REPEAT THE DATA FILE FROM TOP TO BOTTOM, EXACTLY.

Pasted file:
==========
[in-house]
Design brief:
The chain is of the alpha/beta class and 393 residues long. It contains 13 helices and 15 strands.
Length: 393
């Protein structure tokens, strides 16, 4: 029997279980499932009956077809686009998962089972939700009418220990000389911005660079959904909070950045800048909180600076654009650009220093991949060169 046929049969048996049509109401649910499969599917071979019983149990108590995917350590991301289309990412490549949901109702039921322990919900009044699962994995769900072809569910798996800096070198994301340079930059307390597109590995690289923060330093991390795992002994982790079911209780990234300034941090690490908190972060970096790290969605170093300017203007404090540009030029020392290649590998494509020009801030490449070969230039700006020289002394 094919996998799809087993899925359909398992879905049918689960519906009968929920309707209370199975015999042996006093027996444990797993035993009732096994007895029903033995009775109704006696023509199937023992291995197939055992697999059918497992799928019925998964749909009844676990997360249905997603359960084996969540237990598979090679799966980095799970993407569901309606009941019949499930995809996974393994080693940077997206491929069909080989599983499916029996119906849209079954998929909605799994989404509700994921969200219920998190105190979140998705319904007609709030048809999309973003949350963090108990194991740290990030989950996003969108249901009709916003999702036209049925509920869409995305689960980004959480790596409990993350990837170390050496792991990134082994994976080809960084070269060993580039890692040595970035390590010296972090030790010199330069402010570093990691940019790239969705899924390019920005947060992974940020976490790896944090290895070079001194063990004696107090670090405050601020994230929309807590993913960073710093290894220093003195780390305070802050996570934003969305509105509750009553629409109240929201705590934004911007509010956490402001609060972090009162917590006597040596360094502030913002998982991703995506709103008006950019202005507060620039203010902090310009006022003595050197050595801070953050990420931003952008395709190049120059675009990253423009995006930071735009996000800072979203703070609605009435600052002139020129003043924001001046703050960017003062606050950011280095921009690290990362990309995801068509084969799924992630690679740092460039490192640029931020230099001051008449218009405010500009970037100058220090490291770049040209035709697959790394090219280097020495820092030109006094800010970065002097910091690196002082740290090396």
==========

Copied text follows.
[in-house]
Design brief:
The chain is of the alpha/beta class and 393 residues long. It contains 13 helices and 15 strands.
Length: 393
């Protein structure tokens, strides 16, 4: 029997279980499932009956077809686009998962089972939700009418220990000389911005660079959904909070950045800048909180600076654009650009220093991949060169 046929049969048996049509109401649910499969599917071979019983149990108590995917350590991301289309990412490549949901109702039921322990919900009044699962994995769900072809569910798996800096070198994301340079930059307390597109590995690289923060330093991390795992002994982790079911209780990234300034941090690490908190972060970096790290969605170093300017203007404090540009030029020392290649590998494509020009801030490449070969230039700006020289002394 094919996998799809087993899925359909398992879905049918689960519906009968929920309707209370199975015999042996006093027996444990797993035993009732096994007895029903033995009775109704006696023509199937023992291995197939055992697999059918497992799928019925998964749909009844676990997360249905997603359960084996969540237990598979090679799966980095799970993407569901309606009941019949499930995809996974393994080693940077997206491929069909080989599983499916029996119906849209079954998929909605799994989404509700994921969200219920998190105190979140998705319904007609709030048809999309973003949350963090108990194991740290990030989950996003969108249901009709916003999702036209049925509920869409995305689960980004959480790596409990993350990837170390050496792991990134082994994976080809960084070269060993580039890692040595970035390590010296972090030790010199330069402010570093990691940019790239969705899924390019920005947060992974940020976490790896944090290895070079001194063990004696107090670090405050601020994230929309807590993913960073710093290894220093003195780390305070802050996570934003969305509105509750009553629409109240929201705590934004911007509010956490402001609060972090009162917590006597040596360094502030913002998982991703995506709103008006950019202005507060620039203010902090310009006022003595050197050595801070953050990420931003952008395709190049120059675009990253423009995006930071735009996000800072979203703070609605009435600052002139020129003043924001001046703050960017003062606050950011280095921009690290990362990309995801068509084969799924992630690679740092460039490192640029931020230099001051008449218009405010500009970037100058220090490291770049040209035709697959790394090219280097020495820092030109006094800010970065002097910091690196002082740290090396």